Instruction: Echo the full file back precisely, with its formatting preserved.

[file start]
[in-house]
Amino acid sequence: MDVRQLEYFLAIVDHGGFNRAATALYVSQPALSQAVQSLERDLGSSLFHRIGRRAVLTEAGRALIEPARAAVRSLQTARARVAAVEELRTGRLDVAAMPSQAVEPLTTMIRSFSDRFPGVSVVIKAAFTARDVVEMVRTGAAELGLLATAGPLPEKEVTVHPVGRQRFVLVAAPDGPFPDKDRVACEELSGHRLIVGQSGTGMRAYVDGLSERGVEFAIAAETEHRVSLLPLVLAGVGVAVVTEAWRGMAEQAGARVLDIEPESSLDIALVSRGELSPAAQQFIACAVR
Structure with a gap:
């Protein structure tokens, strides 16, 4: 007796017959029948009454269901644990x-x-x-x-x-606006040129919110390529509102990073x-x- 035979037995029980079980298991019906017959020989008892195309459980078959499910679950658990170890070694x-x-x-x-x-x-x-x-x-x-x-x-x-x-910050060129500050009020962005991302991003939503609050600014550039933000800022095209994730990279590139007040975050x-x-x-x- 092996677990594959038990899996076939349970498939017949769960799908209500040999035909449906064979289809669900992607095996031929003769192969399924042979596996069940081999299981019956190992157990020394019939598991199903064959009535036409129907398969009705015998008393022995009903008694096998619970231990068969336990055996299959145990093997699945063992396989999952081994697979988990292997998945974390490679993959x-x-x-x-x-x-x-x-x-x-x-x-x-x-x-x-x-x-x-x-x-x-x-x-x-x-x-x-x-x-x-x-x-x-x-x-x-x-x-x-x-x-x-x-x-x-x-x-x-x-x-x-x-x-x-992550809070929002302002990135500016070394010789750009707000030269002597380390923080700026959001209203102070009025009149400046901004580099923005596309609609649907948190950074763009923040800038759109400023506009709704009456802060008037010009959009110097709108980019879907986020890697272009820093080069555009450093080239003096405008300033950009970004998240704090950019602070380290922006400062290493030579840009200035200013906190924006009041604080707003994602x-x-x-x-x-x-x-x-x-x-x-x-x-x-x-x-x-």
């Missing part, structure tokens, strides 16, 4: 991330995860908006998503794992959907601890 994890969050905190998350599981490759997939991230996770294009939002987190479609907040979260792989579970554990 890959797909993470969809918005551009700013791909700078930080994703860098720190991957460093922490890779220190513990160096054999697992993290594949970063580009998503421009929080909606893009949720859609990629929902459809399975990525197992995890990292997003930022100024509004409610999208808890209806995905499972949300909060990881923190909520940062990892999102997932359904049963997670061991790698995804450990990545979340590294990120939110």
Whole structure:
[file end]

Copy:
[in-house]
Amino acid sequence: MDVRQLEYFLAIVDHGGFNRAATALYVSQPALSQAVQSLERDLGSSLFHRIGRRAVLTEAGRALIEPARAAVRSLQTARARVAAVEELRTGRLDVAAMPSQAVEPLTTMIRSFSDRFPGVSVVIKAAFTARDVVEMVRTGAAELGLLATAGPLPEKEVTVHPVGRQRFVLVAAPDGPFPDKDRVACEELSGHRLIVGQSGTGMRAYVDGLSERGVEFAIAAETEHRVSLLPLVLAGVGVAVVTEAWRGMAEQAGARVLDIEPESSLDIALVSRGELSPAAQQFIACAVR
Structure with a gap:
């Protein structure tokens, strides 16, 4: 007796017959029948009454269901644990x-x-x-x-x-606006040129919110390529509102990073x-x- 035979037995029980079980298991019906017959020989008892195309459980078959499910679950658990170890070694x-x-x-x-x-x-x-x-x-x-x-x-x-x-910050060129500050009020962005991302991003939503609050600014550039933000800022095209994730990279590139007040975050x-x-x-x- 092996677990594959038990899996076939349970498939017949769960799908209500040999035909449906064979289809669900992607095996031929003769192969399924042979596996069940081999299981019956190992157990020394019939598991199903064959009535036409129907398969009705015998008393022995009903008694096998619970231990068969336990055996299959145990093997699945063992396989999952081994697979988990292997998945974390490679993959x-x-x-x-x-x-x-x-x-x-x-x-x-x-x-x-x-x-x-x-x-x-x-x-x-x-x-x-x-x-x-x-x-x-x-x-x-x-x-x-x-x-x-x-x-x-x-x-x-x-x-x-x-x-x-992550809070929002302002990135500016070394010789750009707000030269002597380390923080700026959001209203102070009025009149400046901004580099923005596309609609649907948190950074763009923040800038759109400023506009709704009456802060008037010009959009110097709108980019879907986020890697272009820093080069555009450093080239003096405008300033950009970004998240704090950019602070380290922006400062290493030579840009200035200013906190924006009041604080707003994602x-x-x-x-x-x-x-x-x-x-x-x-x-x-x-x-x-």
């Missing part, structure tokens, strides 16, 4: 991330995860908006998503794992959907601890 994890969050905190998350599981490759997939991230996770294009939002987190479609907040979260792989579970554990 890959797909993470969809918005551009700013791909700078930080994703860098720190991957460093922490890779220190513990160096054999697992993290594949970063580009998503421009929080909606893009949720859609990629929902459809399975990525197992995890990292997003930022100024509004409610999208808890209806995905499972949300909060990881923190909520940062990892999102997932359904049963997670061991790698995804450990990545979340590294990120939110």
Whole structure: